Getting Into Indianapolis – Part 3

May 16, 2018

So far in Indianapolis we’ve spent time in parks and zoos, enjoyed coffee and beer, visited museums and markets. You can read all about parts one and parts two, and check out our breakfasts at Maxine’s Chicken & Waffles and Love Handle.

The afternoon of our second full day saw us exploring the Conner Prairie in Fishers, Indiana, and we finished the day with an invited dinner at The Loft at Traders Point Creamery in Zionsville. Traders Point is an organic, grassfed dairy farm. The facility features a collection of four restored barns gathered from various towns across Indiana. They’ve been renovated into a working dairy barn, a restaurant, and event spaces.

The restaurant, located in the upstairs of the main barn, serves lunch, dinner, and Sunday brunch – and as you can imagine, there’s a focus on cheese, milk, yogurt, and ice cream, all made on site.

Dinner is about as farm-to-table as you can get. We started with a cheese board featuring five different cheeses made at the creamery. In fact, you can see the cheeses aging behind glass windows in the restaurant. Their selection varies with the season, and features both hard and soft cheeses, all wonderfully done.

Our first treat from the chef was a plate of creamy and wonderfully seasoned shrimp and grits.

The kids aren’t left out, either: our boys enjoyed macaroni and cheese, plus some of the best chocolate milk we’ve ever tasted.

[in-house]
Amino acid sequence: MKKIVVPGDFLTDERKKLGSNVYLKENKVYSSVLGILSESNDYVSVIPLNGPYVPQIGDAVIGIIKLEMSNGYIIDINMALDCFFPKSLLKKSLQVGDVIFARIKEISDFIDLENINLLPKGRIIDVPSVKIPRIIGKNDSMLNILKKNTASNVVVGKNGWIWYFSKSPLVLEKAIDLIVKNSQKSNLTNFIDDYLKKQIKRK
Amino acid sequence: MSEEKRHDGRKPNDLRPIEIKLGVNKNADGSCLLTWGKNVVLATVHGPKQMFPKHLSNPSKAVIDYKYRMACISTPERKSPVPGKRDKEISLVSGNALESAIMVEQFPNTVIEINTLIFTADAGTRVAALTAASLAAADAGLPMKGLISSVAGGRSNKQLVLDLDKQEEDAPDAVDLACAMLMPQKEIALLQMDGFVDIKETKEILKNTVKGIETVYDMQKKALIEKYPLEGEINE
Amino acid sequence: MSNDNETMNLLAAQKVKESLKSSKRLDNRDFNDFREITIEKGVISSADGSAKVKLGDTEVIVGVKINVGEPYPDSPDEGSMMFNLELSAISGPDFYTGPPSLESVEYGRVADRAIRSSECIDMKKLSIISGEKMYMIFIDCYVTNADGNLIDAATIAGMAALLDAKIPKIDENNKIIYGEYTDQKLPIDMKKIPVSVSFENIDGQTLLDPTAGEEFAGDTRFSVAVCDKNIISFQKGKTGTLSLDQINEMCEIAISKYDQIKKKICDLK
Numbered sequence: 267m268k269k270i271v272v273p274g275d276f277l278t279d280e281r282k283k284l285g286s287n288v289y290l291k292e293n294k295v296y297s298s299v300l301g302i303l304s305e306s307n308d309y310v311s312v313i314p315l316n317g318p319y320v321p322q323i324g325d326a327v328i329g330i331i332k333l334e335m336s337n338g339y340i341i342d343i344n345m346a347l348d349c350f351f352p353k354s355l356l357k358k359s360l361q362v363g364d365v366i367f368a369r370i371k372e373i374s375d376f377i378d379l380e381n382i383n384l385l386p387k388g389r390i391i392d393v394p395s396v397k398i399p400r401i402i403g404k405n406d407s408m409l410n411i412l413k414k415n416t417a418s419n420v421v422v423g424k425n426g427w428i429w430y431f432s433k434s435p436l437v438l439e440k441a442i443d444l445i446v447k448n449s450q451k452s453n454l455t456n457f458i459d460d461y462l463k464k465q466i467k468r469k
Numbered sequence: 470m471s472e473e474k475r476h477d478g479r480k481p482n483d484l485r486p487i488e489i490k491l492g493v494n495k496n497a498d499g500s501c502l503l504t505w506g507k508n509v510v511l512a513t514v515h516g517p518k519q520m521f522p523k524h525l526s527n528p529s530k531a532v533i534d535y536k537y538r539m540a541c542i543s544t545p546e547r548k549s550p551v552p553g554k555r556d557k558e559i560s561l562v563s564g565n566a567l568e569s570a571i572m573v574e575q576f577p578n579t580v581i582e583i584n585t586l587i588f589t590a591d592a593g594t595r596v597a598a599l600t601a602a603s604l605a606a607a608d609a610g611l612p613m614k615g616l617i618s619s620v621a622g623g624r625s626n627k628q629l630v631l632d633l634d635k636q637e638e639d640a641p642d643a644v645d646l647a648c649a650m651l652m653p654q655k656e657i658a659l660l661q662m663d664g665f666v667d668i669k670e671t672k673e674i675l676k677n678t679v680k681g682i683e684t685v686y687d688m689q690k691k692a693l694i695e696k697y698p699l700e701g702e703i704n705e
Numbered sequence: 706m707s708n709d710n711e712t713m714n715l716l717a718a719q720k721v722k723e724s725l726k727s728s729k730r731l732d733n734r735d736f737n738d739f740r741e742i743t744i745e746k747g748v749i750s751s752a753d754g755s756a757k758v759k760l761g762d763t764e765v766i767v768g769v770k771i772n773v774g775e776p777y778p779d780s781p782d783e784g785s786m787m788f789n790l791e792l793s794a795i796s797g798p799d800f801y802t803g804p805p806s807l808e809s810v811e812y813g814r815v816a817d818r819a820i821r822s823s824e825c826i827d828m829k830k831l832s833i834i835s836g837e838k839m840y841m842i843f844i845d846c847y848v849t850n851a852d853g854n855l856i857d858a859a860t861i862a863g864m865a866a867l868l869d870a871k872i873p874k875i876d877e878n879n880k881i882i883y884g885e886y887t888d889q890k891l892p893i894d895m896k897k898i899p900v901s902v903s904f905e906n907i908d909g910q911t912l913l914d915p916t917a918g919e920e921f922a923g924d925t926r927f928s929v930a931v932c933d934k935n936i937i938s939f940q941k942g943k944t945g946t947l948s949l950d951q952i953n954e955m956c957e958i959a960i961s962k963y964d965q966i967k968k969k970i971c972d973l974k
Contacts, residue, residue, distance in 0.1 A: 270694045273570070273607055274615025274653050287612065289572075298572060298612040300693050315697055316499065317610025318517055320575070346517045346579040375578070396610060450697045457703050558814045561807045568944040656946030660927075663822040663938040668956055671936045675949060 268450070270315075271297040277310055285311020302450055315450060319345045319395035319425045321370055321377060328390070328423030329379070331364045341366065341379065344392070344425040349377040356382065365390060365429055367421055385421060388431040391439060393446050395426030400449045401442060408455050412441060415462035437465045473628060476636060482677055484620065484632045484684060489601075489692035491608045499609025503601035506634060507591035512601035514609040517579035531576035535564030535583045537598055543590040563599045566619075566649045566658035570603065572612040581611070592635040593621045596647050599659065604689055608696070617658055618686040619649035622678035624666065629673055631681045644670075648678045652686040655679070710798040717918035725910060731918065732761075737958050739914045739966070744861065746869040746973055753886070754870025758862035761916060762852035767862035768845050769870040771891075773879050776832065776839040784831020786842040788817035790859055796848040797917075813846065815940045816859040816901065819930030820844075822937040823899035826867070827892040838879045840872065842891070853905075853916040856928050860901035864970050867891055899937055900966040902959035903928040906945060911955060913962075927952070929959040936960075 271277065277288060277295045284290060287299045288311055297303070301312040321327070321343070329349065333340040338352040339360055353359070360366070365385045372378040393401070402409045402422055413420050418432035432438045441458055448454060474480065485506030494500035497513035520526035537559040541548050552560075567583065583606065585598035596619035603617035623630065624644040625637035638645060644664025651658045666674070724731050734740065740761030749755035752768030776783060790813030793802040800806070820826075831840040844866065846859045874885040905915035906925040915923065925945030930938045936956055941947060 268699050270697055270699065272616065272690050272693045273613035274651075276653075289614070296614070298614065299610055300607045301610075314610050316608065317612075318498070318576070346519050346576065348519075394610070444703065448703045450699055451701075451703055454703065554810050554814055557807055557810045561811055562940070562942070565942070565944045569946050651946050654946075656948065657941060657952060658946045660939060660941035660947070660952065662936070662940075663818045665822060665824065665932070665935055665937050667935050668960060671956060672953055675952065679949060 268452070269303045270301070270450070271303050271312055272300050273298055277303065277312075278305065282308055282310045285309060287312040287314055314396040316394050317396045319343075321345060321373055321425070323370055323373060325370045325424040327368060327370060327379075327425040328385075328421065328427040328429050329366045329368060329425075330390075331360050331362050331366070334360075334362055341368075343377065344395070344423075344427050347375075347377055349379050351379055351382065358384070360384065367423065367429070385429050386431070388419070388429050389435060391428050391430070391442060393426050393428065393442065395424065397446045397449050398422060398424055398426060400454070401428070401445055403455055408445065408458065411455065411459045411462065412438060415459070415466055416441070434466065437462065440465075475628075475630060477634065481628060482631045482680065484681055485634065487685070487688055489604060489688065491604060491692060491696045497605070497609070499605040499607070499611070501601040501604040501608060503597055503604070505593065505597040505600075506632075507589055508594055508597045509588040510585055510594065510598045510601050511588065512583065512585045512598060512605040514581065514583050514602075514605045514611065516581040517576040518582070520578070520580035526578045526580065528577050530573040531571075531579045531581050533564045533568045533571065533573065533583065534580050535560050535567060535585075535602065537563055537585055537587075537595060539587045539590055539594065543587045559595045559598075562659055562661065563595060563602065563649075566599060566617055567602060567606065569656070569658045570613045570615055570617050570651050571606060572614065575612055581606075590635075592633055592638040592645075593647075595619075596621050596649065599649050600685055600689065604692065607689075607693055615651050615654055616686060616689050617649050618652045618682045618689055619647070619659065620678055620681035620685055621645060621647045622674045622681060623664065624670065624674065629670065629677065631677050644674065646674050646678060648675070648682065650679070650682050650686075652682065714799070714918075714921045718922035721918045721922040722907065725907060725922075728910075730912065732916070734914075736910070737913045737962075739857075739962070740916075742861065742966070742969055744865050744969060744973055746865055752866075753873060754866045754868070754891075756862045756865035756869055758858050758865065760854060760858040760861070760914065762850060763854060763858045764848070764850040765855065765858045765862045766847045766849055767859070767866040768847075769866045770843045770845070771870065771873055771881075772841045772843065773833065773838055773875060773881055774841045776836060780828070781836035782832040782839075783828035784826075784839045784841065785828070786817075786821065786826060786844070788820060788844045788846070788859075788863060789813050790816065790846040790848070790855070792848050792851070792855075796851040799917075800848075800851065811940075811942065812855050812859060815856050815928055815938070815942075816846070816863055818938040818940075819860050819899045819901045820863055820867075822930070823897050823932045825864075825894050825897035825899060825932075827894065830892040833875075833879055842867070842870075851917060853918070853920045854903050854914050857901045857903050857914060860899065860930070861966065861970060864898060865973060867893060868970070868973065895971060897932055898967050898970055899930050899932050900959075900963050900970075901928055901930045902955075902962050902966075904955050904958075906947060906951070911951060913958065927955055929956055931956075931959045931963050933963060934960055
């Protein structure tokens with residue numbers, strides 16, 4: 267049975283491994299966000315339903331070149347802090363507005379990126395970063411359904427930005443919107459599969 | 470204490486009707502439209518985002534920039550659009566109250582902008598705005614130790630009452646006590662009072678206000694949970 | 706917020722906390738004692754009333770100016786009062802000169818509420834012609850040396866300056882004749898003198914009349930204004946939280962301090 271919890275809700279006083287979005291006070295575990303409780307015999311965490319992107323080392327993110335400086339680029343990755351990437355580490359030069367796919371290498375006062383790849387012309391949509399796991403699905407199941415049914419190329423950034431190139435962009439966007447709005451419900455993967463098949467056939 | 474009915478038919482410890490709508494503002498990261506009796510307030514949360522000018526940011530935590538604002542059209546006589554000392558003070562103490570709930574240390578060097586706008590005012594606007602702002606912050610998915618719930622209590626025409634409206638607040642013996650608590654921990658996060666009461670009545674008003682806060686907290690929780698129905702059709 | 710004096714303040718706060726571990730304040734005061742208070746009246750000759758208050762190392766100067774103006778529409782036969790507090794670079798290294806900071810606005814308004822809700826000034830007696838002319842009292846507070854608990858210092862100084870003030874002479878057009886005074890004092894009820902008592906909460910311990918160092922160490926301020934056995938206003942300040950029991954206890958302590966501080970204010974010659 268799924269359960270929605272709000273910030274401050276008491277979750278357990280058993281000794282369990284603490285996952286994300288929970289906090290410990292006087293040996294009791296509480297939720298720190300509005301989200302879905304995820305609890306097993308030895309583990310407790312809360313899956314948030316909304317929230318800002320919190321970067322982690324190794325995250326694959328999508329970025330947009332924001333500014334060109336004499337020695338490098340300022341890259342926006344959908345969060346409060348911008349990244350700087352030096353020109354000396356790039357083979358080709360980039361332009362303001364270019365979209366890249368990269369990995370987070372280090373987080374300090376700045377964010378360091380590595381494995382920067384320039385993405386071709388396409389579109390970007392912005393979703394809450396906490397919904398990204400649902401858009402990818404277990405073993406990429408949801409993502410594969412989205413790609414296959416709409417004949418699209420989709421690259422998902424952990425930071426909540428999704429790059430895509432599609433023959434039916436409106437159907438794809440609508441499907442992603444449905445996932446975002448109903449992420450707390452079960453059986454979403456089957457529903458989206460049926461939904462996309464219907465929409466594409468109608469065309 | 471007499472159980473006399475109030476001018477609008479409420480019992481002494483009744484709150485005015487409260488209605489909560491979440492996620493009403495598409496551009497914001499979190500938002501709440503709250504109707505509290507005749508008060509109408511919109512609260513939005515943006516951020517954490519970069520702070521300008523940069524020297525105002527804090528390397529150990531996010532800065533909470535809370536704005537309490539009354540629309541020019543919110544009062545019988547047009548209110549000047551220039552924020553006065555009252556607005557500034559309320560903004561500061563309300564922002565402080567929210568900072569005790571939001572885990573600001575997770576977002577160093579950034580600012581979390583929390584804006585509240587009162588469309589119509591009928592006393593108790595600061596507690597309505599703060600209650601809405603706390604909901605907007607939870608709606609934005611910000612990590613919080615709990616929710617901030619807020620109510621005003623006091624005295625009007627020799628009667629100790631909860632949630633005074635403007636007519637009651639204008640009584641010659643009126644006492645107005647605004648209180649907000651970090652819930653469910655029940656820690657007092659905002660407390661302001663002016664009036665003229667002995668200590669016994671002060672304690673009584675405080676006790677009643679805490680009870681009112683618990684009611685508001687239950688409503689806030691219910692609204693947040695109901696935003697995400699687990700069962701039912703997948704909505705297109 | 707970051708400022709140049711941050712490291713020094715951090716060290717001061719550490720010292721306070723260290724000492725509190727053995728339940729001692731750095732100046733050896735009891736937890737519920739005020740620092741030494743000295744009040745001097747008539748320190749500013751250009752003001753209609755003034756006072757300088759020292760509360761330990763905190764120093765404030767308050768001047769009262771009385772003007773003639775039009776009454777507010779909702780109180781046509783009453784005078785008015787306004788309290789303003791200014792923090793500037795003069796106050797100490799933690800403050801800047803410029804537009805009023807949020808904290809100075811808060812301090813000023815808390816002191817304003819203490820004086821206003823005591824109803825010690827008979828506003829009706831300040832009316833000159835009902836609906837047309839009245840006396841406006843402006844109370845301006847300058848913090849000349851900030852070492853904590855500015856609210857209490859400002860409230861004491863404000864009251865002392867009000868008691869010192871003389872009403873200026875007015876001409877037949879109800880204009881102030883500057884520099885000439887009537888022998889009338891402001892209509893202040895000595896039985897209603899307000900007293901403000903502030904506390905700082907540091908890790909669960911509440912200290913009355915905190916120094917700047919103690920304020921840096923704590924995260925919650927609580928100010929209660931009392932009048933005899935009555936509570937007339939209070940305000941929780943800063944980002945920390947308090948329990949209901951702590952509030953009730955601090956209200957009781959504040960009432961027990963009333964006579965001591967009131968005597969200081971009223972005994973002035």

For dinner we split a variety of dishes, including this beautiful pasture-raised roast chicken with brussels sprouts and greens.

And of course you can’t escape without a taste of ice cream! The dessert menu features ice cream, pie, banana splits, sundaes, milkshakes, floats, you name it. We split a delicious root beer float.

The Dairy Bar is a tiny ice cream and coffee counter inside the restaurant (pro-tip: you can order an affogato – espresso over ice cream!). In late May they open an outdoor Dairy Bar, too!

And if you’re stopping by for dinner, or to pick up cheeses at the shop, or for a quick bite of ice cream, try to time your visit with the daily milking of the cows at 7:30 p.m.

They allow you to walk in the center aisle of the milking room…

…so you get a close-up view of the ladies at work!

You can also stroll around the grounds outside to visit the cows young and old. The curious little ones stand under the watchful eyes of their elders.

And hopefully you catch a beautiful evening on the farm! You’ll see some lovely views of the fields, the pond, and the barns dotting the landscape.

We loved our dinner at The Loft; next weekend we’re in town, we’ll definitely be scheduling a visit for Sunday brunch!

The next morning – our final morning in Indianapolis – we followed our usual course of action by seeking out a local coffee shop. We made our way to Kaffeine Coffee down Fulton Street.

Kaffeine embodies the stereotype of the hip new coffee shop: renovated industrial space, typed up menu, a small collection of people either working or catching up over coffee. It’s our type of place, and the coffee is terrific. I’d love to spend a morning relaxing there. But it was on to breakfast at Love Handle nearby!

After breakfast, it was time for our final adventure in the city: the Children’s Museum of Indianapolis! The already-huge facility just got bigger in recent months. It’s hard to describe everything you’ll discover – there’s room after room of exhibits. I love that every nook and cranny is filled with things to engage the kids, like the dinosaurs climbing into the front of the museum. Or the two-story Egyptian sculpture in the parking garage, left over from an exhibit in 2009.